The output of the command java com.javacodegeeks.examples.logbackexample.BasicConfApp should be similar to:

13:38:02.492 [main] INFO  c.j.e.logbackexample.BasicConfApp - Msg #1
13:38:02.495 [main] WARN  c.j.e.logbackexample.BasicConfApp - Msg #2
13:38:02.495 [main] ERROR c.j.e.logbackexample.BasicConfApp - Msg #3
13:38:02.495 [main] DEBUG c.j.e.logbackexample.BasicConfApp - Msg #4

4.1.1 Automatic configuration with logback-test.xml or logback.xml

As mentioned earlier, logback will try to configure itself using the files logback-test.xml or logback.xml if found on the class path.

Logback delegates the task of writing a logging event to components called appenders. Appenders must implement the ch.qos.logback.core.Appender.

Let’s see an example of a logback.xml file.

<?xml version="1.0" encoding="UTF-8"?>
<configuration>

	<!-- Send debug messages to System.out -->
	<appender name="STDOUT" class="ch.qos.logback.core.ConsoleAppender">
		<!-- By default, encoders are assigned the type ch.qos.logback.classic.encoder.PatternLayoutEncoder -->
		<encoder>
			<pattern>%d{HH:mm:ss.SSS} [%thread] %-5level %logger{5} - %msg%n</pattern>
		</encoder>
	</appender>

	<logger name="com.javacodegeeks.examples.logbackexample.beans" level="INFO" additivity="false">
            <appender-ref ref="STDOUT" />
	</logger>

	<!-- By default, the level of the root level is set to DEBUG -->
	<root level="DEBUG">
		<appender-ref ref="STDOUT" />
	</root>
</configuration>

As an Appender, we are using a Console Appender. The ConsoleAppender, as the name indicates, appends on the console, or more precisely on System.out or System.err, the former being the default target. ConsoleAppender formats events with the help of an encoder specified by the user. Both System.out and System.err are of type java.io.PrintStream. Consequently, they are wrapped inside an OutputStreamWriter which buffers I/O operations.

We are defining two loggers:

  • An user defined logger – Which handles classes logging in the package com.javacodegeeks.examples.logbackexample.beans, has an INFO level and points to the standard output console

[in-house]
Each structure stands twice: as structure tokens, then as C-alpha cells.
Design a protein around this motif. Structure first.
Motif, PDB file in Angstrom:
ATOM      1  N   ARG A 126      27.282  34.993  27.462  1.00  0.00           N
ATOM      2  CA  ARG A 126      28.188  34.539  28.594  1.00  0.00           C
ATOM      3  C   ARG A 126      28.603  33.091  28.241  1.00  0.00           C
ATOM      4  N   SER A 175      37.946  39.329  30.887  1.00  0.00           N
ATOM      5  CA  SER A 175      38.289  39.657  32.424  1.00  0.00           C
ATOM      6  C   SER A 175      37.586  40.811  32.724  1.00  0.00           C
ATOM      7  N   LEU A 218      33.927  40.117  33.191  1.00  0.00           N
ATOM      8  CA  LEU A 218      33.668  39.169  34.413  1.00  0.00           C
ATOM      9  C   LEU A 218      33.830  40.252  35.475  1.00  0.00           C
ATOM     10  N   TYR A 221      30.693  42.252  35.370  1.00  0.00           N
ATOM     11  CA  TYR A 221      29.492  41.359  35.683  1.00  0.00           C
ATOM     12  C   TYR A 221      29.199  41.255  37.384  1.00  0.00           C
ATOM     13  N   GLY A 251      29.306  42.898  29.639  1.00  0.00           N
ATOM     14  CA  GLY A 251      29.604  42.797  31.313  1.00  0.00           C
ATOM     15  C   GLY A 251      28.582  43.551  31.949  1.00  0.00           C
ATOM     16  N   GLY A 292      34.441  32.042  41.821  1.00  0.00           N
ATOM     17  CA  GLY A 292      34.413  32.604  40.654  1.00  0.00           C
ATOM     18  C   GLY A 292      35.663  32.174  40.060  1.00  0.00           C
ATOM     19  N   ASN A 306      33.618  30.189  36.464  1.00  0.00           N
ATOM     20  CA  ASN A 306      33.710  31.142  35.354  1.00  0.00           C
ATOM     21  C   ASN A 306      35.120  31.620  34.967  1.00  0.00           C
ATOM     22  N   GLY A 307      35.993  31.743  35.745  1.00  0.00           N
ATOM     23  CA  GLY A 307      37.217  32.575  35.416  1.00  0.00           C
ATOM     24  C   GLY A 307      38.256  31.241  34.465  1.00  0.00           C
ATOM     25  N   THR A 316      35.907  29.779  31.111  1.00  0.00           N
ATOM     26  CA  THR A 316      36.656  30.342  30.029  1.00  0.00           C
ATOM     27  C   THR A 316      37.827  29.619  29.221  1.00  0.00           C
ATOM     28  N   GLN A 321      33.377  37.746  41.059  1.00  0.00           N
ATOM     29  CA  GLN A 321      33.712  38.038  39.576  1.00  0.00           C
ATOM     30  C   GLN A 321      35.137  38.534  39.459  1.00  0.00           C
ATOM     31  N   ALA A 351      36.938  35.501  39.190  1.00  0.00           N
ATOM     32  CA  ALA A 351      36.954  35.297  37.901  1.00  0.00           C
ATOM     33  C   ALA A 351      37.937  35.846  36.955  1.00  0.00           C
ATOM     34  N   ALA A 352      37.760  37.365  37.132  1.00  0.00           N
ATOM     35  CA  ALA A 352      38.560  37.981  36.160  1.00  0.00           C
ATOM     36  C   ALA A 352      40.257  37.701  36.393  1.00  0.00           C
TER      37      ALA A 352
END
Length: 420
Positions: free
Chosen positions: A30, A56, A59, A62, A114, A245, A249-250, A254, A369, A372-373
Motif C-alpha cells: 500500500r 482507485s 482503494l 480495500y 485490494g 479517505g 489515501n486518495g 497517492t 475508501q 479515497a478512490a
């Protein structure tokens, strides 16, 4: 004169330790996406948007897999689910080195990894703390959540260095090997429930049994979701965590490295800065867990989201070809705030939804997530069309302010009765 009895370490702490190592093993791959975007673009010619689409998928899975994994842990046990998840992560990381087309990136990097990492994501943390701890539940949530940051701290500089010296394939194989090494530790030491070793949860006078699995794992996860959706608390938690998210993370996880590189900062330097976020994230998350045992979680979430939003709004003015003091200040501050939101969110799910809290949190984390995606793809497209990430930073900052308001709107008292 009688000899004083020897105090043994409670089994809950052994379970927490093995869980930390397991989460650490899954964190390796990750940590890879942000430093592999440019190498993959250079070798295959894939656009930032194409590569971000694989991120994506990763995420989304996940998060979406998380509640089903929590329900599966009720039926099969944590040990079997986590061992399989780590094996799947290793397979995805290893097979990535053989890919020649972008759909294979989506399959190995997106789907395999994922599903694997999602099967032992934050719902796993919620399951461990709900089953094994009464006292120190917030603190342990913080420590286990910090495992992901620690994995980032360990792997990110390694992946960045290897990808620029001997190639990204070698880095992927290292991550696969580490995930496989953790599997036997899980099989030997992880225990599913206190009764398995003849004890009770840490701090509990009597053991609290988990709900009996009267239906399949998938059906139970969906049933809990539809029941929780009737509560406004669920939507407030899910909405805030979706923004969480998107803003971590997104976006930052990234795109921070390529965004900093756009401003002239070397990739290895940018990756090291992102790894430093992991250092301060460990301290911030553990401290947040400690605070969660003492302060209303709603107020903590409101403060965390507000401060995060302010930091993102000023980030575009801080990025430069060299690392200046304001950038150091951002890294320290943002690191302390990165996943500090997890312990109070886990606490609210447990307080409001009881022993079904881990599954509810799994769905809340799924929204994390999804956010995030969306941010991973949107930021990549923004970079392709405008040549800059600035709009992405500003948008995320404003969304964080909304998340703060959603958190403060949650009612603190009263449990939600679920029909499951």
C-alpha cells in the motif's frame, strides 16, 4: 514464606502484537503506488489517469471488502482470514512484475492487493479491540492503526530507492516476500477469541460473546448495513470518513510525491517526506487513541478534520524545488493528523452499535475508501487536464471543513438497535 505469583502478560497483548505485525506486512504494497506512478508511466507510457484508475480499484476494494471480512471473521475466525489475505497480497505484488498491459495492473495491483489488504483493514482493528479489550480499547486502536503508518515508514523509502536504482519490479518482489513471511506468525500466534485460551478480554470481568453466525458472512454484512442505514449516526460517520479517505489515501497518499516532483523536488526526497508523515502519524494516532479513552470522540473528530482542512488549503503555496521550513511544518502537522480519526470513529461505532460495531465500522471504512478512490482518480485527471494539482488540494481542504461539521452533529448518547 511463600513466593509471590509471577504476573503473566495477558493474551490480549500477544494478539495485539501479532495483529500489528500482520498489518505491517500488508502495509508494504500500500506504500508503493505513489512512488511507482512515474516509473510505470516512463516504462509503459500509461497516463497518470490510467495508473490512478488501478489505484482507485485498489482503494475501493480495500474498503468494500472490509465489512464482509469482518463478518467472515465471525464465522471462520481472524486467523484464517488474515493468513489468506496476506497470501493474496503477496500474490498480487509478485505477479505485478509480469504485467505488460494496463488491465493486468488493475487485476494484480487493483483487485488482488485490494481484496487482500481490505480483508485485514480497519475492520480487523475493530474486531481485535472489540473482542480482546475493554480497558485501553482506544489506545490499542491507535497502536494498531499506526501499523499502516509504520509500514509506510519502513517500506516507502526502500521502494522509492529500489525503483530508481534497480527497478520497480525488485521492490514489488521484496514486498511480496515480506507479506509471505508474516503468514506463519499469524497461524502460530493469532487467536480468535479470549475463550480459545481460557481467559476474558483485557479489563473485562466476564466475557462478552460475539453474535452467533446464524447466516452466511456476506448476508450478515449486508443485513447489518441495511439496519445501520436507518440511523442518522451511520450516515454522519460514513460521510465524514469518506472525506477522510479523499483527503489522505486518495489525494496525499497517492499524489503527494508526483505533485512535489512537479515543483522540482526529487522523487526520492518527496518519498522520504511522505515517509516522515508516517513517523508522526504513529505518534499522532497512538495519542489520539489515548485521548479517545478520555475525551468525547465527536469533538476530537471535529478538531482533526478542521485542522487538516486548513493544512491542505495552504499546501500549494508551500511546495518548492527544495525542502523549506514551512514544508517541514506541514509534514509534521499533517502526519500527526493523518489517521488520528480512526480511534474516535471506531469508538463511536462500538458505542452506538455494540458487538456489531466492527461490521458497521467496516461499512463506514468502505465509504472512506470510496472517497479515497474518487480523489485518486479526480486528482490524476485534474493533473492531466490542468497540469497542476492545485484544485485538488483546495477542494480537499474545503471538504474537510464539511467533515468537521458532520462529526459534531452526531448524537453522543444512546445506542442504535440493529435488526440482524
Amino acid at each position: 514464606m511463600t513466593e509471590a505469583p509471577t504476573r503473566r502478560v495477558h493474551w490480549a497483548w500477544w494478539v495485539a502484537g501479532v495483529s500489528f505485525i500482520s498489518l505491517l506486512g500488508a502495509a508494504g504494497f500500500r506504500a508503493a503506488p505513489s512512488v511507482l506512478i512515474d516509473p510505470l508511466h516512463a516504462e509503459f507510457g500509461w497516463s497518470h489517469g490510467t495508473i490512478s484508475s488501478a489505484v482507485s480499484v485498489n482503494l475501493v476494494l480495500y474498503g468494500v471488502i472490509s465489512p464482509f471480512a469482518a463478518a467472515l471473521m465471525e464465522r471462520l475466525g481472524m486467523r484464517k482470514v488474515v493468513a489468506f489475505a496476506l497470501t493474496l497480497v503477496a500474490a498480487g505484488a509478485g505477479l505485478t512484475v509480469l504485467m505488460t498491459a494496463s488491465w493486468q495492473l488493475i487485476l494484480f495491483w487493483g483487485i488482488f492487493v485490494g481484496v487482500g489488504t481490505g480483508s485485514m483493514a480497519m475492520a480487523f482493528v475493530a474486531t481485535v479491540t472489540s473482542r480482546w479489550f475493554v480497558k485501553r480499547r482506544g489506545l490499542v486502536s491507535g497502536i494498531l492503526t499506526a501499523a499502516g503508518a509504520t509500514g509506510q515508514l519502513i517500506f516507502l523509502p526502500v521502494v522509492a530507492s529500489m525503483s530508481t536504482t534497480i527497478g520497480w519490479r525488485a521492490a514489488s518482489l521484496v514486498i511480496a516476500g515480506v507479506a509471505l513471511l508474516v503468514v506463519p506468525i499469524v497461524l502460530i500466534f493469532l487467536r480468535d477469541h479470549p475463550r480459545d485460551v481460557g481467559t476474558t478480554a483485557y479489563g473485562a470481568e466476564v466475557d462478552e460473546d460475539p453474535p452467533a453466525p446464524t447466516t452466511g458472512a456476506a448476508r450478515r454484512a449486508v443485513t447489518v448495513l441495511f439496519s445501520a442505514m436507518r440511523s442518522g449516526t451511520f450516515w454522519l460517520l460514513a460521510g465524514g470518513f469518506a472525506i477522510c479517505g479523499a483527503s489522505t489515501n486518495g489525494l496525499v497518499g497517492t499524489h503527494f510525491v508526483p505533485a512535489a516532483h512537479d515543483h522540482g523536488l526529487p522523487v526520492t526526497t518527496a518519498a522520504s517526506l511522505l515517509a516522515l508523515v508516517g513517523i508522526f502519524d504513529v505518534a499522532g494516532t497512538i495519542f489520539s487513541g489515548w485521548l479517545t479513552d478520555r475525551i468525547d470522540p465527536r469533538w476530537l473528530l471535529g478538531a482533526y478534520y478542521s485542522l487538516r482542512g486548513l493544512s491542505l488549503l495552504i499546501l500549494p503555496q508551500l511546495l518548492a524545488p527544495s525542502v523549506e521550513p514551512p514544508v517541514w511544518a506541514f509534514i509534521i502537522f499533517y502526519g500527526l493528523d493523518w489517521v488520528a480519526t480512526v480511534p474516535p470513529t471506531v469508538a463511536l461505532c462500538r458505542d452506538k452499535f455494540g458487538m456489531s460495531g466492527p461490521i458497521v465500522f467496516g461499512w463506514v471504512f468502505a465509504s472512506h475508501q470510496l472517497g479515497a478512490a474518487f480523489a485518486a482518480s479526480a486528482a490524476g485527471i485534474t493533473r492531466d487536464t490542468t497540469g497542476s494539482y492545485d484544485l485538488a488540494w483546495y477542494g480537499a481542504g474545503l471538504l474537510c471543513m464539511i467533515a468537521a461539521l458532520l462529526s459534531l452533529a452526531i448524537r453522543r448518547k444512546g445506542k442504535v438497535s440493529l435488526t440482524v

• A ROOT logger – Which handles logging in all of the classes that are not in the package com.javacodegeeks.examples.logbackexample.beans, has a DEBUG level and points to the standard output console

We are going to use it along with the following code:

MarcoPoloBean.java

package com.javacodegeeks.examples.logbackexample.beans;

import org.slf4j.Logger;
import org.slf4j.LoggerFactory;

public class MarcoPoloBean {
	private static final Logger logger = LoggerFactory.getLogger(MarcoPoloBean.class);
	
	public void sayMarco() {
		String msg = "I'm Marco";
		
		logger.info("Hello there. I am {}", msg);
		
		logger.debug("Debugging message");
	}
}

App.java

package com.javacodegeeks.examples.logbackexample;

import org.slf4j.Logger;
import org.slf4j.LoggerFactory;

import com.javacodegeeks.examples.logbackexample.beans.MarcoPoloBean;

public class App {
	private static final Logger logger = LoggerFactory.getLogger(App.class);
	
	public static void main(String[] args) {
		MarcoPoloBean poloBean = new MarcoPoloBean();
		poloBean.sayMarco();
		
		logger.debug("I am Polo");
	}
}

The output of the command java com.javacodegeeks.examples.logbackexample.App should be similar to:

17:49:11.703 [main] INFO  c.j.e.l.b.MarcoPoloBean - Hello there. I am I'm Marco
17:49:11.707 [main] DEBUG c.j.e.l.App - I am Polo

Let’s examine our code!

Class MarcoPolo.java is inside the com.javacodegeeks.examples.logbackexample.beans package. This package is defined in our logback.xml to handle logging at an INFO level. This class, tries to logging two messages: One at an INFO level, and one at a DEBUG level, but as you can see in the output, only the logging message at the INFO leve is displayed.

Class App.java is not inside the com.javacodegeeks.examples.logbackexample.beans package. So, logging messages are going to be handled by the ROOT logger.

Let’s explain the methods used in the above example.

4.1.2 Logging to a file

The following logback.xml configuration file, shows an example on how to configure logback to redirect the logging output to a file.

<?xml version="1.0" encoding="UTF-8"?>
<configuration>

	<!-- Send debug messages to System.out -->
	<appender name="STDOUT" class="ch.qos.logback.core.ConsoleAppender">
		<!-- By default, encoders are assigned the type ch.qos.logback.classic.encoder.PatternLayoutEncoder -->
		<encoder>
			<pattern>%d{HH:mm:ss.SSS} [%thread] %-5level %logger{5} - %msg%n</pattern>
		</encoder>
	</appender>

	<!-- Send debug messages to a file at "c:/jcg.log" -->
	<appender name="FILE" class="ch.qos.logback.core.rolling.RollingFileAppender">
		<file>c:/jcg.log</file>
		<encoder class="ch.qos.logback.classic.encoder.PatternLayoutEncoder">
			<Pattern>%d{yyyy-MM-dd_HH:mm:ss.SSS} [%thread] %-5level %logger{36} - %msg%n</Pattern>
		</encoder>
 
		<rollingPolicy class="ch.qos.logback.core.rolling.FixedWindowRollingPolicy">
			<FileNamePattern>c:/jcg.%i.log.zip</FileNamePattern>
			<MinIndex>1</MinIndex>
			<MaxIndex>10</MaxIndex>
		</rollingPolicy>
 
		<triggeringPolicy class="ch.qos.logback.core.rolling.SizeBasedTriggeringPolicy">
			<MaxFileSize>2MB</MaxFileSize>
		</triggeringPolicy>
	</appender>

	<logger name="com.javacodegeeks.examples.logbackexample.beans" level="INFO" additivity="false">
            <appender-ref ref="STDOUT" />
            <appender-ref ref="FILE" />
	</logger>

	<!-- By default, the level of the root level is set to DEBUG -->
	<root level="DEBUG">
		<appender-ref ref="STDOUT" />
	</root>
</configuration>